Currently viewing the category: "Pantry Beetles, Grain Weevils, Spider Beetles, Meal Worms and Carpet Beetles"
What's That Bug? does not endorse extermination

What kind of bug is this?
Location: Manayunk, Philadelphia, PA
April 5, 2012 5:05 pm
Found it crawling on a sweater I discarded on the floor after a night of drinking. I could have picked up the bug at any of these places:
-dry cleaners (where the sweater came from)
-a drinking establishment
-my couch
-my bedroom floor
Please advise!
Signature: Resident of the City of Buggerly Love

Smooth Spider Beetle

Dear Resident,
As much as we are amused that you may have picked up this Smooth Spider Beetle,
Gibbium aequinoctiale, in a drinking establishment, we would put money on your couch or your bedroom floor.  Spider Beetles are known to infest stored foods in the pantry, and you may want to check any food that has been unused for past the expiration date to see if it is contaminated.  The BugGuide may have additional useful information for you.

What's That Bug? does not endorse extermination

Bug?
Location: New Jersey – shore area
April 2, 2012 2:05 pm
Can you please identify and possibly tell me how to treat this type of bug?
Signature: RLL

Larder Beetle

DearRLL,
This is a Larder Beetle, a common household pest that infests stored foods.

What's That Bug? does not endorse extermination

What is this tiny black bug with stipes?
Location: The Woodlands, Texas 77382 (just North of Houston, TX)
March 17, 2012 10:41 am
I have lived in my home for 16 years. This tiny bug has suddenly started coming into my house. It is entering between the small crevice between the large window and window sill. Can you help me identify it and tell me what I can do to stop this bug from entering my home?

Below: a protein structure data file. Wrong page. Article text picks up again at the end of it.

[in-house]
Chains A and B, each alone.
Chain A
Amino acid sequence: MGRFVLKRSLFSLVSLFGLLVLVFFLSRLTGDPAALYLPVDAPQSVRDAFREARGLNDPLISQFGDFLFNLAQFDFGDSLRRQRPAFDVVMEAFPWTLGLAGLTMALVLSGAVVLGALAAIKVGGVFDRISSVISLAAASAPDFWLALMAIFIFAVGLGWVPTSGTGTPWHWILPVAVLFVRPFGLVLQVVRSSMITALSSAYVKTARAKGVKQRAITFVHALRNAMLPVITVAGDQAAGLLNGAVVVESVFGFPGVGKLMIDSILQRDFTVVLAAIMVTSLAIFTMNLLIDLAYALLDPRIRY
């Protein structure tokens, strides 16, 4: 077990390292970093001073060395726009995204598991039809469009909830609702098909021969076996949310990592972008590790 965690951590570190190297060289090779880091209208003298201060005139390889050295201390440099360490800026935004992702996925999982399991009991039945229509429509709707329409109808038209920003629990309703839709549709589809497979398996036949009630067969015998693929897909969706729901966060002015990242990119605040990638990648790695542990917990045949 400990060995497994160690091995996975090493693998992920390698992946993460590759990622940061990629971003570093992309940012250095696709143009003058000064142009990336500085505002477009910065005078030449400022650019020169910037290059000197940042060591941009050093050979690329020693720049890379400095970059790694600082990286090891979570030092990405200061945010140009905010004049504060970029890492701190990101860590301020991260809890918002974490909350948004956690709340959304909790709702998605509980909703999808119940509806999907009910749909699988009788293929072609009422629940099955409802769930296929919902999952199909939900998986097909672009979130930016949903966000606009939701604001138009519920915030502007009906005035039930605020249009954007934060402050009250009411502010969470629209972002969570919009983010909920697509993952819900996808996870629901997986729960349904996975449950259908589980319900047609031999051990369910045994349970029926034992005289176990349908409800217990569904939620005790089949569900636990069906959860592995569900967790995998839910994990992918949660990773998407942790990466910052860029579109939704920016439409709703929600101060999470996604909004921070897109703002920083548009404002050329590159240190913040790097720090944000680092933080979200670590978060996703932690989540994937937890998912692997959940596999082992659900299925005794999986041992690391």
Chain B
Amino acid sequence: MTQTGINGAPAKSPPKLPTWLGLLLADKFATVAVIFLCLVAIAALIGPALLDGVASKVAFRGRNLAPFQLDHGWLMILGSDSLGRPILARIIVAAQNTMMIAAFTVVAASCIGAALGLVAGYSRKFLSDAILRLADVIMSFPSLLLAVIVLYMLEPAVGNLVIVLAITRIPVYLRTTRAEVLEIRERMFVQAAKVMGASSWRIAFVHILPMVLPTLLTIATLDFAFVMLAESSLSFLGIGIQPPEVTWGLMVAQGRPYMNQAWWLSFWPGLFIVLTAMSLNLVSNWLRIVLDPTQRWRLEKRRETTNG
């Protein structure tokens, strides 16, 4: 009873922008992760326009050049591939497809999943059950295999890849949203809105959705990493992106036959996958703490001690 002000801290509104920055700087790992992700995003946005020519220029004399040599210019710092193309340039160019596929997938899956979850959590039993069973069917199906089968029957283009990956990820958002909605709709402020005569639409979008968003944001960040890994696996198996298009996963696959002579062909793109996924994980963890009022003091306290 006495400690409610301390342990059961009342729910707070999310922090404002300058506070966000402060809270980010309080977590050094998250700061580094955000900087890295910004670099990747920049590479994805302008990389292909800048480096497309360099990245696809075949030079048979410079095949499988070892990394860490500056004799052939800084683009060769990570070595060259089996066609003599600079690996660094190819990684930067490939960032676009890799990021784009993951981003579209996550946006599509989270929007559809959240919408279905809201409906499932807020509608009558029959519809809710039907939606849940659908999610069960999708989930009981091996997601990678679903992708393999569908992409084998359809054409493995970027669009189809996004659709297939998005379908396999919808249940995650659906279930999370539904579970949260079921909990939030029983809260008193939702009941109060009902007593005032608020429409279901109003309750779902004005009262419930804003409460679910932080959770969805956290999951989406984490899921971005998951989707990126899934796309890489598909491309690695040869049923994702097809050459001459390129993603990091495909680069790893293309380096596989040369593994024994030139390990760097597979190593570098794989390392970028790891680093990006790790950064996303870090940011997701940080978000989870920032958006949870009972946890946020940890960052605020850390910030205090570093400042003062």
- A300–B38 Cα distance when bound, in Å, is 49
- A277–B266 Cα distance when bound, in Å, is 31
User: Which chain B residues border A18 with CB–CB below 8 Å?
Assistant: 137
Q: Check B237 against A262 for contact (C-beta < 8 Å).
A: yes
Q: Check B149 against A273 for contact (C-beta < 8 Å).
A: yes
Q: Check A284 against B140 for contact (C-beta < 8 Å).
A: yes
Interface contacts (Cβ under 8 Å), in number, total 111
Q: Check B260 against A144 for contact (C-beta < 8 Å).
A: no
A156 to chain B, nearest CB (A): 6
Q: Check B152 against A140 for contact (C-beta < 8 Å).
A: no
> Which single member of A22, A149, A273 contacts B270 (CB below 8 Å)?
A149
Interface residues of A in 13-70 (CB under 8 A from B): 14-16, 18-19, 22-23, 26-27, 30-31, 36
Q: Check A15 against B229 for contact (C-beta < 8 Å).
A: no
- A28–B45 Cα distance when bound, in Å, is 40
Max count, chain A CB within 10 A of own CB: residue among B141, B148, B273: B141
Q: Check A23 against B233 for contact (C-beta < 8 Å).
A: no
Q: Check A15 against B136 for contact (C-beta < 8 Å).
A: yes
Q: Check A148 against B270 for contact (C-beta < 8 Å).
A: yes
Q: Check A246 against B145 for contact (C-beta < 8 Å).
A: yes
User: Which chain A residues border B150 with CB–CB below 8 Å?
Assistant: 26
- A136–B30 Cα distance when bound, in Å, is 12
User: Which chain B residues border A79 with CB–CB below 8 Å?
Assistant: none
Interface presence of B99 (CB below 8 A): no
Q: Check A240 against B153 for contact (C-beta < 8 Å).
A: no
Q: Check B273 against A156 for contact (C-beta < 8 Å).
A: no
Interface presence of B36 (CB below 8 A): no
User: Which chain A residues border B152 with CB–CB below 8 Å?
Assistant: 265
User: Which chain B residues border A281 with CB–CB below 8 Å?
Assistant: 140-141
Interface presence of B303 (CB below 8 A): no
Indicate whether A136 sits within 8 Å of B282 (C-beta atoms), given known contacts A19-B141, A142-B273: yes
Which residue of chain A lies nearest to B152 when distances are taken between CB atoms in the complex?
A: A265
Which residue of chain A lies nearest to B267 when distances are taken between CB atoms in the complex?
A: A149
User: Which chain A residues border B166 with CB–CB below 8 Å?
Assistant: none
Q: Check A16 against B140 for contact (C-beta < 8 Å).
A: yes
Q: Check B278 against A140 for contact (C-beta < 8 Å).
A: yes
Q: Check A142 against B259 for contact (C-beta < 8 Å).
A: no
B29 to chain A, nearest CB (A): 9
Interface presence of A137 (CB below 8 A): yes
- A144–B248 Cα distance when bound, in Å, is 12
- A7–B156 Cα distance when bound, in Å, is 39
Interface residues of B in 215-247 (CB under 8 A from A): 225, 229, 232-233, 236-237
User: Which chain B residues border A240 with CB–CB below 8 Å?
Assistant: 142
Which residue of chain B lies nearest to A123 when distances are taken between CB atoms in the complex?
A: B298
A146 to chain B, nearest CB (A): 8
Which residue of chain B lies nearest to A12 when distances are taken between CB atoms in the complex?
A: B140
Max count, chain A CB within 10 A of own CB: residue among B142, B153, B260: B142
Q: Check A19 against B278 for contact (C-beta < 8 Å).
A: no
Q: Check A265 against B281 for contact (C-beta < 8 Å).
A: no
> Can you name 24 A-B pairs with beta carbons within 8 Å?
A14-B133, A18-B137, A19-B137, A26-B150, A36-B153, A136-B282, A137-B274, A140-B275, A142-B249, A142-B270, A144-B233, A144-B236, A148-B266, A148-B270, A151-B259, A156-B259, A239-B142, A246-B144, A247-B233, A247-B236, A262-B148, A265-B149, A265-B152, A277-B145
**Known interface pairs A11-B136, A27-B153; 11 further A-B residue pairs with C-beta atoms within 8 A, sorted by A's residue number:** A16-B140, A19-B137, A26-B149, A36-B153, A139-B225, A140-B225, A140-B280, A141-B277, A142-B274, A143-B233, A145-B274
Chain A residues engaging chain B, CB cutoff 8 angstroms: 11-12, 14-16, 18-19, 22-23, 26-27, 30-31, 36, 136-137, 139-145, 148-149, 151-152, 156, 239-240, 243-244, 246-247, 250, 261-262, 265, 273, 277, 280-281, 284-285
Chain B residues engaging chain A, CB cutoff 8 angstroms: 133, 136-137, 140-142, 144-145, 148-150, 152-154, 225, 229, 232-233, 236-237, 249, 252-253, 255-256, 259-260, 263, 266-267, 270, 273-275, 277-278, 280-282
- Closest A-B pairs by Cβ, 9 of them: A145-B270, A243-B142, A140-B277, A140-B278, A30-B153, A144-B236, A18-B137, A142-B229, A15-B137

Signature: Thank you, I really appreciate your help – Lisa :o)

Varied Carpet Beetles

Dear Lisa,
You have Carpet Beetles, probably Varied Carpet Beetles,
Anthrenus verbasci.  This is a common and cosmopolitan household pest.  According to BugGuide it is:  “The most abundant species in buildings; arguably, world’s most important pest of insect collections. Adults from indoor populations have a negative attraction to light, but near the end of their oviposition period they become attracted to light. Adults from outdoor populations show attraction to light. Adults are active fliers and often fly high above the ground. They enter houses through open windows, around eaves, soffits, and attic vents, and often lay eggs in the dead insects collecting in light fixtures.”  Adults feed on pollen and it is the larvae that do the damage.  According to BugGuide, the larvae feed on a:  “wide variety of materials of animal origin (wool, fur, skins…)(1); stored food materials and products (biscuits, cakes, seeds, wheat, maize, oats, rice, cayenne pepper, cacao, and dried cheese).”  We were about to inform you that we believed your beetles were most likely trying to leave the home since adults that emerge from larvae that have been feeding indoors are attracted to windows, but according to BugGuide:  “Field strains have an apparent diapause and must experience cold temperatures to produce adults in the spring; household strains produce adults in the fall.”  Since you have a spring sighting, it is most likely they are entering the home if that information is correct.  It might be difficult to seal your home from such a tiny invader, but keeping careful watch on the stored foods in the pantry may help control the indoor population.  We once had Carpet Beetles devour some papier mache masks we made from newspaper and flour paste.

What's That Bug? does not endorse extermination

I think this is a varied carpet beetle